Now, think about what all this means. The above is the basis of a far more generic solution. I'm going to work on a more general plugin that exposes not only the fields, but also the methods, and any other class members, to the template. Then the user, i.e., a developer that has a POJO that should be treated as the basis of something else, will be able to generate something else, anything they want, from the fields and methods (and constructor and anything else) in any POJO in their application.

Thursday Mar 20, 2014

Entity Expander for NetBeans IDE 8 (Part 1)

It's not uncommon to have a Java entity class, a.k.a. a POJO, a.k.a. a domain object, a.k.a. a business object, and to want to generate something else from that class. So too Matti Tahvonen from Vaadin, who I will be joining on 3 April for the big Vaadin/NetBeans Webinar (sign up today here). He wants to be able to create Vaadin Forms from Java entity classes.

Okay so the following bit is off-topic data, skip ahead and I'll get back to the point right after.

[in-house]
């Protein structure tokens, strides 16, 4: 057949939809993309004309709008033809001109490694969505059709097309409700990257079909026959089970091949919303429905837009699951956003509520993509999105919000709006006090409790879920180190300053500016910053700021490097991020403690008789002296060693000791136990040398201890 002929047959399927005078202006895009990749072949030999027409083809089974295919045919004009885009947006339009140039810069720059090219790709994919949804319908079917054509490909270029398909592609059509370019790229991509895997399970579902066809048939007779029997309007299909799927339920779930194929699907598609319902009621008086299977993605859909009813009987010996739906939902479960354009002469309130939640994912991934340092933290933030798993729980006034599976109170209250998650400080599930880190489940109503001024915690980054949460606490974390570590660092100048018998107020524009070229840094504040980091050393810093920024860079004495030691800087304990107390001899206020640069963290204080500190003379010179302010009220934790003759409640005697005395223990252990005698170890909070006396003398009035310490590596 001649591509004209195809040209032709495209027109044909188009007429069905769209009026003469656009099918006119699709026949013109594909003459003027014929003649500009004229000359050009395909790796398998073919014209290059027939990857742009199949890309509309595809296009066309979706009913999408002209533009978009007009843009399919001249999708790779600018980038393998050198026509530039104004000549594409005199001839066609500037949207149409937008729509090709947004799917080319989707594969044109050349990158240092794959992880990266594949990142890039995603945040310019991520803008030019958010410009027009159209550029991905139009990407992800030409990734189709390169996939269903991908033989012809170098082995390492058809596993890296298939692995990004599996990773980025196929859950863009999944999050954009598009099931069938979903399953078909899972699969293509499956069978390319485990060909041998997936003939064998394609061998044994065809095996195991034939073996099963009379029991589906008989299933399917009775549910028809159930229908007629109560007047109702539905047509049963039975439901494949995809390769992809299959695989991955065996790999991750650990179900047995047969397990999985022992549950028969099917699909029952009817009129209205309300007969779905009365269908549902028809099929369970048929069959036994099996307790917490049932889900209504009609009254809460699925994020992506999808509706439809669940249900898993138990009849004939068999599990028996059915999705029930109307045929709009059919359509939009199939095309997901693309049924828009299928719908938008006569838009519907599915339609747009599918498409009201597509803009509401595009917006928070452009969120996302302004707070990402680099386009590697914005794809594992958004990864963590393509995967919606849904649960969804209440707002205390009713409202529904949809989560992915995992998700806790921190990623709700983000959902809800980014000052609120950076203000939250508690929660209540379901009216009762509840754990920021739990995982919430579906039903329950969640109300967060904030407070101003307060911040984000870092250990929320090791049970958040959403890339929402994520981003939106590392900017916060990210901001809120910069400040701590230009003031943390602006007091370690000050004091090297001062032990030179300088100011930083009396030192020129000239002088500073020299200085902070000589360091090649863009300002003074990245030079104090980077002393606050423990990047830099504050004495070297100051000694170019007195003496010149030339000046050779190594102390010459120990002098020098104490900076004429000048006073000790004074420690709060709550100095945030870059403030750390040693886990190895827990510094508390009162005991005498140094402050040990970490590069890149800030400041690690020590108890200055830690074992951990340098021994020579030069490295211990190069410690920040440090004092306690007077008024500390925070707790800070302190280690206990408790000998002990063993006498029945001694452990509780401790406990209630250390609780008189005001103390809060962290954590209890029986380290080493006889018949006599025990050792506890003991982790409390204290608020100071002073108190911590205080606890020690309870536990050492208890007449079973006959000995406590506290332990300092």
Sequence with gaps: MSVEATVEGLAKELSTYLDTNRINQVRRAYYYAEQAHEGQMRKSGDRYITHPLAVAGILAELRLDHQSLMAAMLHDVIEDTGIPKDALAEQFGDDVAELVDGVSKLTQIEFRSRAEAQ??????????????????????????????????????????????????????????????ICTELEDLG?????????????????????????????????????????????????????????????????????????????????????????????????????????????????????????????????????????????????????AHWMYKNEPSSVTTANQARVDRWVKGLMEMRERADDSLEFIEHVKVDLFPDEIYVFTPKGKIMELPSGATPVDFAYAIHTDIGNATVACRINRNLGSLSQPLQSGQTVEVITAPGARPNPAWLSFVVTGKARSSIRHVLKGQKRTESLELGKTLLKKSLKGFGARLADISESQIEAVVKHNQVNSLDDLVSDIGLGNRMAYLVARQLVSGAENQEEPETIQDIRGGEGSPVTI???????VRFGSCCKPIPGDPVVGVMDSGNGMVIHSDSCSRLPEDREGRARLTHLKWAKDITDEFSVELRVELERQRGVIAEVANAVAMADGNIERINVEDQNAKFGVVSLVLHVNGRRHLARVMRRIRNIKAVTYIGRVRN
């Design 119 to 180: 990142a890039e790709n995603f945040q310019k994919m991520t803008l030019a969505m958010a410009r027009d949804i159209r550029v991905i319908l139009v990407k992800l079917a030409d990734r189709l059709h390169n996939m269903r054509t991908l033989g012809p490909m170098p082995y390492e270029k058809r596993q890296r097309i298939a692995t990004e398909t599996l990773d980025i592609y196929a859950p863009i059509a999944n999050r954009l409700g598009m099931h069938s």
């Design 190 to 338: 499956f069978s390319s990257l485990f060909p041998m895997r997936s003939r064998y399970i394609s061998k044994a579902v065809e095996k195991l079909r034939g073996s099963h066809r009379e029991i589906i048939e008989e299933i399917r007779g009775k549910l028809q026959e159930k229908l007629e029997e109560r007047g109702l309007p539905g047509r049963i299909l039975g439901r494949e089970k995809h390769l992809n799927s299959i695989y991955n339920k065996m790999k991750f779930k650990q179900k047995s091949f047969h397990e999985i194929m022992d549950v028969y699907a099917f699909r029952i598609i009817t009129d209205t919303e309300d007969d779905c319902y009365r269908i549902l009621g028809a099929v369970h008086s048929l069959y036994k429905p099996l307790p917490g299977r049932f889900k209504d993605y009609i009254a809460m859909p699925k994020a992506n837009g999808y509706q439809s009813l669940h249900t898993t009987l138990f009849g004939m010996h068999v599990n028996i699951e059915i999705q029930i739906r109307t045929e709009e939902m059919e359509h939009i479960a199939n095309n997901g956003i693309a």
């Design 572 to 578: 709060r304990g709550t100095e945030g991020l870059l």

Therefore, I created a small plugin that adds an Action to an Object, and not to any other Java type, which is based on an Action I created a while ago for TopComponents (go here for that).

The Action you see above, i.e., the popup menu item with the label "Generate Vaadin Form" takes the FreeMarker template below (in a file named "vaadinForm.template") as the starting point for the Vaadin form that it creates:

package ${package};

import com.vaadin.ui.Component;
import com.vaadin.ui.FormLayout;
import com.vaadin.ui.TextField;
import org.vaadin.maddon.fields.MTextField;
import org.vaadin.maddon.form.AbstractForm;
import org.vaadin.maddon.layouts.MVerticalLayout;

public class ${object}Form extends AbstractForm<${object}> {

  <#list fields as field>
    private TextField ${field} = new MTextField("${field}");
  </#list>

    @Override
    protected Component createContent() {
        return new MVerticalLayout(
                new FormLayout(
                  <#list fields as field>
                   ${field},
                  </#list>
                ),
                getToolbar()
        );
    }

}

The file above is registered in the System FileSystem like this, in a package-info.java class:

@TemplateRegistration(
        content = "vaadinForm.template",
        scriptEngine = "freemarker",